The part of the bill regarding the aircraft formerly owned and operated by the Coast Guard is a relatively small portion of the legislation that covers $717 billion in spending for the Department of Defense. It directs the Air Force to complete the center and outer wing-box replacement modifications as needed, programmed depot-level maintenance, and procure and install a gravity powered retardant delivery system in each aircraft.
The bill increases the maximum spending limits that were specified in the original 2013 legislation. The amount that can be spent on the retardant systems increased from $5 million to $7.5 million per aircraft, and the total amount spent on the entire project went from $130 million to $150 million.
In 2013, legislation directed that the seven aircraft be modified into air tankers and transferred to the U.S. Forest Service. So far at least two have come close to completing the modifications, but none of them have had retardant delivery systems installed, due primarily to delays in Air Force contracting. Occasionally one at a time has been spotted, T-116 or T-118, dropping retardant, using a Modular Airborne FireFighting System taken from the eight MAFFS units that are usually assigned to Air National Guard and Air Force Reserve squadrons. This fiscal year the administration decided, five years after the process began, that they are no longer interested in acquiring the HC-130H’s.
CAL FIRE has maintained a fleet of 23 S-2T air tankers for years that can carry up to 1,200 gallons of retardant. These seven HC-130H’s would be a very significant addition to their aviation program.
Thanks and a tip of the hat go out to MrCAPT1409. Typos or errors, report them HERE.
Above: Tanker 116, an HC-130H, on final approach at Fresno, July 22, 2017. Photo by L.S. Braun.
(Originally published at 2 p.m. PDT July 267, 2018)
Now that the U.S. Forest Service has decided that they do not want the seven HC-130H aircraft that were in the process of being transferred from the Coast Guard to the Forest Service, the door has opened for Plan B for those aircraft.
This story began in 2013 when Congress passed the National Defense Authorization Act directing that the Coast Guard transfer the planes and that the Air Force would arrange to take care the backlog of maintenance and the work needed to turn them into air tankers, appropriating up to $130 million to complete the work. At least two of the planes were close to completion with the exception of installing a retardant delivery system. Tankers 116 and 118 have been seen occasionally working on fires using a borrowed Modular Airborne FireFighting System in lieu of a permanent tank.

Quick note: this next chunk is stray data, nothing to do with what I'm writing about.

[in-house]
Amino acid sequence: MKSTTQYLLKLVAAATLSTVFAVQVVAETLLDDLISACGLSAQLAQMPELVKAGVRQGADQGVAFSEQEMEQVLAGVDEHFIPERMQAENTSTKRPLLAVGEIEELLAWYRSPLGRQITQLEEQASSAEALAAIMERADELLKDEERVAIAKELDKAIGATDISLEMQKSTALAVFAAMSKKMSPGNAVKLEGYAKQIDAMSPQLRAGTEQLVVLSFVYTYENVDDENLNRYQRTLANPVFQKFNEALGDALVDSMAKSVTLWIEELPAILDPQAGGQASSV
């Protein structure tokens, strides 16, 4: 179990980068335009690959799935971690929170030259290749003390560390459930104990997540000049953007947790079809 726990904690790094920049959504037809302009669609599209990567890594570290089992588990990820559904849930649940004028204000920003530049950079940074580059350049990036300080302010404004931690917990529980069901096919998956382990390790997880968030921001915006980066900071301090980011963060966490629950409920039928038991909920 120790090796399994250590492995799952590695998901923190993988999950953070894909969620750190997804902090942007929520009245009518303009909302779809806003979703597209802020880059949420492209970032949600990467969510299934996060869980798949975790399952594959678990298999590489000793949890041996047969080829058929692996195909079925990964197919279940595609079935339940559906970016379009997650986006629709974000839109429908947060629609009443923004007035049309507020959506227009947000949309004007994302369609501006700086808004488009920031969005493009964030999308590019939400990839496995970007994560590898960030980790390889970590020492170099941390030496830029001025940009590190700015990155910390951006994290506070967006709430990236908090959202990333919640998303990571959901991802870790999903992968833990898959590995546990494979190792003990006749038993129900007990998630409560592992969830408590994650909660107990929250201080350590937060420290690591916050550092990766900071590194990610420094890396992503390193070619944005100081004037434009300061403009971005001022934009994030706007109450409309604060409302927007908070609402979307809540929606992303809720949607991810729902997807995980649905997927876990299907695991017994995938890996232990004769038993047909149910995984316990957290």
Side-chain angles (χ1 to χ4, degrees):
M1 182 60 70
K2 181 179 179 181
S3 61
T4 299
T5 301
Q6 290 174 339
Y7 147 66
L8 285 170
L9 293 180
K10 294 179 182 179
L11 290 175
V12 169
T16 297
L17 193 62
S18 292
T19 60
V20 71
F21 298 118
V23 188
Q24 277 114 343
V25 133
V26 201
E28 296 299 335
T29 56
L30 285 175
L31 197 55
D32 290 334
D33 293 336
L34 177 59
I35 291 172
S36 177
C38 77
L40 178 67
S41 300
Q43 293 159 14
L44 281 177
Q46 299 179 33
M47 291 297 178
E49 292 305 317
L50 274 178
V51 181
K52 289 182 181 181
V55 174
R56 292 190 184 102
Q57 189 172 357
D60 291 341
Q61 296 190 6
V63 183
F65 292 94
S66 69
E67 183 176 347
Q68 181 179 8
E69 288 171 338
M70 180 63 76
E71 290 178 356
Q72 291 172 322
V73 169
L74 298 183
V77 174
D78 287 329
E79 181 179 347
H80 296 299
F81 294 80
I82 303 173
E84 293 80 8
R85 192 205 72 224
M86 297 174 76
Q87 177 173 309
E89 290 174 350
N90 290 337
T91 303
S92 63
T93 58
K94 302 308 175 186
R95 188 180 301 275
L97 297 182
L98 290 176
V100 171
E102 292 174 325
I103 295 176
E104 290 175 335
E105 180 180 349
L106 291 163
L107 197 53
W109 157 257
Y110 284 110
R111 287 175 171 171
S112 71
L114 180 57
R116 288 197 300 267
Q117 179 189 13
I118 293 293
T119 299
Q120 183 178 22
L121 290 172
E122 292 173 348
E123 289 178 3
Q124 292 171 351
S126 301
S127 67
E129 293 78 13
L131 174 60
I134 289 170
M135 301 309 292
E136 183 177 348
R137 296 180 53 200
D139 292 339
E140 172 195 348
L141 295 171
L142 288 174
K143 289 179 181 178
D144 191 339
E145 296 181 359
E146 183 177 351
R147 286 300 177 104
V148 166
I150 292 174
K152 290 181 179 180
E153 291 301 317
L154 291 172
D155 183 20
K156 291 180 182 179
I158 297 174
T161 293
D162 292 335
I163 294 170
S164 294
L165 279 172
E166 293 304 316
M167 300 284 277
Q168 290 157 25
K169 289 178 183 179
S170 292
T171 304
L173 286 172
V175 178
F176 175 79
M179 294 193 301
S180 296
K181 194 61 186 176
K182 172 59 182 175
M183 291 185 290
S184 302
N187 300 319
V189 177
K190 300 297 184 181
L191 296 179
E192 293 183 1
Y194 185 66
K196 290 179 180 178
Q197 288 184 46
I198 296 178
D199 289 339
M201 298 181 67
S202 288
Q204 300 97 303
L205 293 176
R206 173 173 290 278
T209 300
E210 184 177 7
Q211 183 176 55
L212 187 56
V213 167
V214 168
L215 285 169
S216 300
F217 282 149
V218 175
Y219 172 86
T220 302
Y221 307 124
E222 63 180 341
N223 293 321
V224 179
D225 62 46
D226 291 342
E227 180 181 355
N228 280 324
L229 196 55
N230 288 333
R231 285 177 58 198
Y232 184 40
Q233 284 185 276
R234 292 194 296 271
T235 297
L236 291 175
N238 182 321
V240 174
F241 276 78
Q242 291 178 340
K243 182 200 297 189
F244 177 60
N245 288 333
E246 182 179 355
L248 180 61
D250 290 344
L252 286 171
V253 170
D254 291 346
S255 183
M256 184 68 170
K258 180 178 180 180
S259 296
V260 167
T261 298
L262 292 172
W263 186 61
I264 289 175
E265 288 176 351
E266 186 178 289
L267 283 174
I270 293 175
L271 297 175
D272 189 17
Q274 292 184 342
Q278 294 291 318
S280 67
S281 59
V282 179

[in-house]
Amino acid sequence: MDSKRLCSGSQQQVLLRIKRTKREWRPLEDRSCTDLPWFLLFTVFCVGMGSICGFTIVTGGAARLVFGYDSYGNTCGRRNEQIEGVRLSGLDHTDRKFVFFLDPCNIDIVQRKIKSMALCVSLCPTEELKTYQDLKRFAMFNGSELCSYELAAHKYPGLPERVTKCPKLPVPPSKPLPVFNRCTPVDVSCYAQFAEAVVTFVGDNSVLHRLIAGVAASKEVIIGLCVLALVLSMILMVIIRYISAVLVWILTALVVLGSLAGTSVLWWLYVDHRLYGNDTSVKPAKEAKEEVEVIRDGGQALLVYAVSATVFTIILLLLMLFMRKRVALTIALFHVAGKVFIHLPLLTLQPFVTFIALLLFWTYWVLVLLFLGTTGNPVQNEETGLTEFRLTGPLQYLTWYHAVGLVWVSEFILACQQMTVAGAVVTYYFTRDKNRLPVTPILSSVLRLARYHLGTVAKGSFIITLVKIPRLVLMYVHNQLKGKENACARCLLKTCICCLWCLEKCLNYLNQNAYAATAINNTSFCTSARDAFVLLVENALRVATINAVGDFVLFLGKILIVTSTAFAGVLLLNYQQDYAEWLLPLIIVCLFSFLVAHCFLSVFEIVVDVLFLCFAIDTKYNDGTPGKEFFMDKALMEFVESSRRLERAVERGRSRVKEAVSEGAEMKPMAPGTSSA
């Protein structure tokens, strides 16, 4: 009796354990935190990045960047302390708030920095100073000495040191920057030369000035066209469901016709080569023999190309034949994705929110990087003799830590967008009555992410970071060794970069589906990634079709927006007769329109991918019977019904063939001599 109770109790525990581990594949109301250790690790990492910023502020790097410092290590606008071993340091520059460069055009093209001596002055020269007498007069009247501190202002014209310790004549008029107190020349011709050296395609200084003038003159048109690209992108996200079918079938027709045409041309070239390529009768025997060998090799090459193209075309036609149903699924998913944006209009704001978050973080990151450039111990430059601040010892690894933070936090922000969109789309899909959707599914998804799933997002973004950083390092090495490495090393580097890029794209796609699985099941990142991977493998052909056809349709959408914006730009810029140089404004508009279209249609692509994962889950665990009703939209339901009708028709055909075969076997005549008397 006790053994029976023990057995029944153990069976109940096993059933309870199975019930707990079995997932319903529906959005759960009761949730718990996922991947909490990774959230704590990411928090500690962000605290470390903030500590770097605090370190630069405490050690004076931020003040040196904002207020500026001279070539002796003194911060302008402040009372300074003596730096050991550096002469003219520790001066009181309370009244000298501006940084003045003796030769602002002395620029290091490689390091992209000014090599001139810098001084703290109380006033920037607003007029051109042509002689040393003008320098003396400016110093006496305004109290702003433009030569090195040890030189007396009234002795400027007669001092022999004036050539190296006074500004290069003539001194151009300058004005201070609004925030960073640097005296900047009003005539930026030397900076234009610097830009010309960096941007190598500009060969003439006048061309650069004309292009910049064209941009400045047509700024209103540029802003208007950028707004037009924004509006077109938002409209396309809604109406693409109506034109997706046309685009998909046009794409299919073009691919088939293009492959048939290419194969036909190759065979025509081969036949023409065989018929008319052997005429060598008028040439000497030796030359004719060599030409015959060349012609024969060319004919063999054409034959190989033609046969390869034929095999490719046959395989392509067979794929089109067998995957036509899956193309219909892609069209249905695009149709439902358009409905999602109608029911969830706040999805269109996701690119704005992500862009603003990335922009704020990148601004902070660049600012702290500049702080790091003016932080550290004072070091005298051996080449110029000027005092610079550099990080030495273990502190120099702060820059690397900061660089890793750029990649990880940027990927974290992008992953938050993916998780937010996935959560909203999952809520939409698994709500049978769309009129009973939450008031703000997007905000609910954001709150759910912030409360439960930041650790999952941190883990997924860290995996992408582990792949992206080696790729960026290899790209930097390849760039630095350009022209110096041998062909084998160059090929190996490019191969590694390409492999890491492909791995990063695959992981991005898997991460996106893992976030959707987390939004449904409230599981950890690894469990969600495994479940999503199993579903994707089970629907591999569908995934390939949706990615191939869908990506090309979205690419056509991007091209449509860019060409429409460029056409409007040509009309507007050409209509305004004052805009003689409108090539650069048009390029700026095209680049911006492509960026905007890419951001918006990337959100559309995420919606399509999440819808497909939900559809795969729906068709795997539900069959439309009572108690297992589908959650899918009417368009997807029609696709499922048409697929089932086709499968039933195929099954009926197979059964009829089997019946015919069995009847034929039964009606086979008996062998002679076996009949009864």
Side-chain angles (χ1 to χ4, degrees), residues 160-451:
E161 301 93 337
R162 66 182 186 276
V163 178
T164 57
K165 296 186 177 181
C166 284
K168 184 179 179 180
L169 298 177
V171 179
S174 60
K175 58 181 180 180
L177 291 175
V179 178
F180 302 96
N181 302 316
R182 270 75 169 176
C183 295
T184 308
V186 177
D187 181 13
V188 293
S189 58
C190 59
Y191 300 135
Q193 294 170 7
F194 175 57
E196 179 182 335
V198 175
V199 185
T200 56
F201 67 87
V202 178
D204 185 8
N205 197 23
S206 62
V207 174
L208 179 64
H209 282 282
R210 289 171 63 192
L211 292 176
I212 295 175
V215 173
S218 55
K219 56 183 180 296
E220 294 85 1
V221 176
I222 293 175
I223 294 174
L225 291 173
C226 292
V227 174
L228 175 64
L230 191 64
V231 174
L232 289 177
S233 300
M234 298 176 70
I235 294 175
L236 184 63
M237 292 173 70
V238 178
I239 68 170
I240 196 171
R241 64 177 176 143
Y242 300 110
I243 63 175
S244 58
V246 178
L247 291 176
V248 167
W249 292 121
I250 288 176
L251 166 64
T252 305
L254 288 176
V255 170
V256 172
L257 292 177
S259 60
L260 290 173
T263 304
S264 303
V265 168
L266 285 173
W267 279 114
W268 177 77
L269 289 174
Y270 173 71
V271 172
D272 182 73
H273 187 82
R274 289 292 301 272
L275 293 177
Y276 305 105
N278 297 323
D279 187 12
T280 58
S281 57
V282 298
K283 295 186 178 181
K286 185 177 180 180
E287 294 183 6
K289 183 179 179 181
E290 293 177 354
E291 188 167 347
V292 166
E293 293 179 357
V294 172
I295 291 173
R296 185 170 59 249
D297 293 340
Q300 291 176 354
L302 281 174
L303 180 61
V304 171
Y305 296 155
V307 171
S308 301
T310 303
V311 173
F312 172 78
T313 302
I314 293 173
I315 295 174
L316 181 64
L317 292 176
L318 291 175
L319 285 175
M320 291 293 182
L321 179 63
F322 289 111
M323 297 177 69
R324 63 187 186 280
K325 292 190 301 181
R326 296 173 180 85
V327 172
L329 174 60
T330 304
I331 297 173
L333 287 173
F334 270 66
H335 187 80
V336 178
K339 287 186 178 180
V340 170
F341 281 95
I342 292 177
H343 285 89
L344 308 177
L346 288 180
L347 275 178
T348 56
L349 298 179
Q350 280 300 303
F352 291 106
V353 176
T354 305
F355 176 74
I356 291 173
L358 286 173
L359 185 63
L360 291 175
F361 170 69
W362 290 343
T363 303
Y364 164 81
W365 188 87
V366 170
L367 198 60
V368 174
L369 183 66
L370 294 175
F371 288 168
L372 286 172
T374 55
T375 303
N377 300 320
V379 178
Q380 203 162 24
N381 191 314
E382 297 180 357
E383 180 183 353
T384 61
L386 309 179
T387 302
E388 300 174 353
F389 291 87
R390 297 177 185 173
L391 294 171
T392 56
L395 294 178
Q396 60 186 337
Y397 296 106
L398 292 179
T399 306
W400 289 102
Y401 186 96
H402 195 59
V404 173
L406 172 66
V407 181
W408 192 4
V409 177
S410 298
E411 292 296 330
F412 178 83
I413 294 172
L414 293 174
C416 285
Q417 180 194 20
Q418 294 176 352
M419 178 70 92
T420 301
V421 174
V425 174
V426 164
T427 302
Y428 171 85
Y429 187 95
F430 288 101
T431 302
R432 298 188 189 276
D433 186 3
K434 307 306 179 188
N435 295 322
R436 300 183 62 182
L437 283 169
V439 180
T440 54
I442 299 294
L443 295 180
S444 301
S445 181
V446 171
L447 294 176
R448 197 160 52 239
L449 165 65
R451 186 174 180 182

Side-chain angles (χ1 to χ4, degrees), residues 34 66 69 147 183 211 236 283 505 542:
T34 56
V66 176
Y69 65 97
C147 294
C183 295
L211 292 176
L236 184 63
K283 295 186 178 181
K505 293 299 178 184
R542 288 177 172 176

CAL FIRE has been considering the long range plans for their fixed wing fleet for a while. The 1,200-gallon S2T’s are not getting any younger and in recent years the agency has been supplementing those 23 air tankers with large and very large air tankers on a call when needed and exclusive use basis. At various times CAL FIRE has used BAe-146’s, DC-10’s, the 747 Supertanker and other tankers, all holding from 3,000 to 19,200 gallons. CAL FIRE was an innovator, being the first to contract for the Very Large DC-10 and 747 air tankers.
CAL FIRE Chief Ken Pimlott announced in an email July 26 that the agency is hoping to obtain the seven HC-130H’s:
…Senator Feinstein and her staff have worked tirelessly to seek amendments to the National Defense Authorization Act that authorize the transfer of the seven C-130H air frames to the State of California. This amended language will be voted on by Congress in the next week.
If approved, there are a number of steps which must take place before California, and ultimately CAL FIRE, can take possession of these aircraft. Additionally, they must be developed into firefighting air tankers, which will require funding through future budget processes. The number of aircraft to be built and the ultimate base locations have yet to be determined, and may take several years to implement. However, the acquisition of these aircraft are an important step forward in bolstering our capacity to address the State’s wildfire risk.